Johannesburg - Wage talks between municipal worker unions
and the SA Local Government Association (Salga) will continue in Durban on
This was so they could consider the facilitator's proposal
for a multi-year salary and wage agreement, Salga CEO Xolile George said in a statement.
"Our organisation has accepted the facilitator's
proposal in good faith, based on a mandate provided to it by municipalities,
and taking cognisance of the financial constraints they face, as well as the
impact on municipal rates which are already under pressure," said George.
"To Salga, acceptance of the facilitator's proposal
would bring an immediate conclusion to salary and wage negotiations, ensure the
continued sustainability of municipalities, and create an environment of labour
peace and stability."
The facilitator had proposed a 6.5% increase for 2012/2013,
with a consumer price index (CPI) average plus 0.78% for 2013/2014 and a CPI
average plus 1% in 2014/2015.
SA Municipal Workers' Union (Samwu) spokesperson Tahir Sema
said the union's national executive committee met in Durban on Tuesday and
decided to reject the proposed 6.5% increase.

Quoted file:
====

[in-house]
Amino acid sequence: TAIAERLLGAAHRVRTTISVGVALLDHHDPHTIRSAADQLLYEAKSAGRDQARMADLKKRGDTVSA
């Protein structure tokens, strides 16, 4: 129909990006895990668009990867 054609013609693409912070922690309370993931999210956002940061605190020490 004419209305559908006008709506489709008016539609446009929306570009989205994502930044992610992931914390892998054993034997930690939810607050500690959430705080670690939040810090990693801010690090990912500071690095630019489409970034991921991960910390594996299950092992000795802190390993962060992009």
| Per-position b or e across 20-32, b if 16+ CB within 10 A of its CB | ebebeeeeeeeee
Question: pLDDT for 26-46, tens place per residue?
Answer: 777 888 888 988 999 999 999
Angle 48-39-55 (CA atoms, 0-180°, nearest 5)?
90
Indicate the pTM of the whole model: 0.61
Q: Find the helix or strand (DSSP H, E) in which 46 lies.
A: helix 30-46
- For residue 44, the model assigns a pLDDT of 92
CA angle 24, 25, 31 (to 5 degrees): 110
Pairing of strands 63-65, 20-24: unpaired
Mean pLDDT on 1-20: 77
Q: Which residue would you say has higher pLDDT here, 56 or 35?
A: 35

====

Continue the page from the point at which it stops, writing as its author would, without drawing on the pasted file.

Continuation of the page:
"They revised their mandate and will engage with the
employer today (Wednesday) at the negotiations. We are rejecting the mediator's
proposal but we won't be revealing our mandate yet."
He said doing so could jeopardise Samwu's strategy going
into the negotiations. The talks started in May.
George said it was regrettable that the unions had rejected
the facilitator's proposal.
"Salga is also perturbed by the lack of appreciation on
the part of unions regarding the adverse economic situation facing
municipalities in South Africa and the world at large."
Over 100 municipalities were currently in financial crisis.
"It is also clear that the unions are pushing for
strike action that is clearly unnecessary given the prevailing
circumstances," said George.
Sema said the wage dispute was not only about the annual
wage increase, but there were other demands that were important. This was the
third round of talks.
"We would like to see the negotiations come to an end